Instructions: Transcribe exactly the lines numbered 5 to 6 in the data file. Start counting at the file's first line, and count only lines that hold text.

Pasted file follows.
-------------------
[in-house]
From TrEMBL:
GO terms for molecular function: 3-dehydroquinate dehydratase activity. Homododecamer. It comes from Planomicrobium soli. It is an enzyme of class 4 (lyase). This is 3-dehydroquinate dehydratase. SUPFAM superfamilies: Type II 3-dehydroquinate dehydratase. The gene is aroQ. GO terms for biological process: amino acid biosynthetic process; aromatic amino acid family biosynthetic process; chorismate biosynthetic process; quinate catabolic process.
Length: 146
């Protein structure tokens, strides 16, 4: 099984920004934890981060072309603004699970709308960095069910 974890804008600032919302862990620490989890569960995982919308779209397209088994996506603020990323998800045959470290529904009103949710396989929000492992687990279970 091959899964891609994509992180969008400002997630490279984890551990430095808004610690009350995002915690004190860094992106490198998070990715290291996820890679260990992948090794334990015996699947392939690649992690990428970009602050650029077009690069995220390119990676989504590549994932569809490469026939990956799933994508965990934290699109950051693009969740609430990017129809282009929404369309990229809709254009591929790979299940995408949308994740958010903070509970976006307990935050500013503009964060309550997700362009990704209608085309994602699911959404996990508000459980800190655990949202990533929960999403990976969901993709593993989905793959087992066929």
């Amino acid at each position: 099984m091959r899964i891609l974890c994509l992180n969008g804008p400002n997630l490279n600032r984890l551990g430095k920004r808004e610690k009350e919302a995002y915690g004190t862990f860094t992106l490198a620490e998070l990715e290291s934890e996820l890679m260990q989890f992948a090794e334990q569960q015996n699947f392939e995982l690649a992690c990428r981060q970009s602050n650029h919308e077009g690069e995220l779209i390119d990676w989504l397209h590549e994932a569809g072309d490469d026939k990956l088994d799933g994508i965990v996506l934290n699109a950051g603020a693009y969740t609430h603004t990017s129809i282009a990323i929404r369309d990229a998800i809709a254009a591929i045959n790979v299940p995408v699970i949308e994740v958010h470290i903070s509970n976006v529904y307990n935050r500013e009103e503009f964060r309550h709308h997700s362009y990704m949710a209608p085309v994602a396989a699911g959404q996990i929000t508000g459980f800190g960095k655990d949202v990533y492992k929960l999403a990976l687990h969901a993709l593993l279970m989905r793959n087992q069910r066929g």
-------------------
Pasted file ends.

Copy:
């Protein structure tokens, strides 16, 4: 099984920004934890981060072309603004699970709308960095069910 974890804008600032919302862990620490989890569960995982919308779209397209088994996506603020990323998800045959470290529904009103949710396989929000492992687990279970 091959899964891609994509992180969008400002997630490279984890551990430095808004610690009350995002915690004190860094992106490198998070990715290291996820890679260990992948090794334990015996699947392939690649992690990428970009602050650029077009690069995220390119990676989504590549994932569809490469026939990956799933994508965990934290699109950051693009969740609430990017129809282009929404369309990229809709254009591929790979299940995408949308994740958010903070509970976006307990935050500013503009964060309550997700362009990704209608085309994602699911959404996990508000459980800190655990949202990533929960999403990976969901993709593993989905793959087992066929």
């Amino acid at each position: 099984m091959r899964i891609l974890c994509l992180n969008g804008p400002n997630l490279n600032r984890l551990g430095k920004r808004e610690k009350e919302a995002y915690g004190t862990f860094t992106l490198a620490e998070l990715e290291s934890e996820l890679m260990q989890f992948a090794e334990q569960q015996n699947f392939e995982l690649a992690c990428r981060q970009s602050n650029h919308e077009g690069e995220l779209i390119d990676w989504l397209h590549e994932a569809g072309d490469d026939k990956l088994d799933g994508i965990v996506l934290n699109a950051g603020a693009y969740t609430h603004t990017s129809i282009a990323i929404r369309d990229a998800i809709a254009a591929i045959n790979v299940p995408v699970i949308e994740v958010h470290i903070s509970n976006v529904y307990n935050r500013e009103e503009f964060r309550h709308h997700s362009y990704m949710a209608p085309v994602a396989a699911g959404q996990i929000t508000g459980f800190g960095k655990d949202v990533y492992k929960l999403a990976l687990h969901a993709l593993l279970m989905r793959n087992q069910r066929g």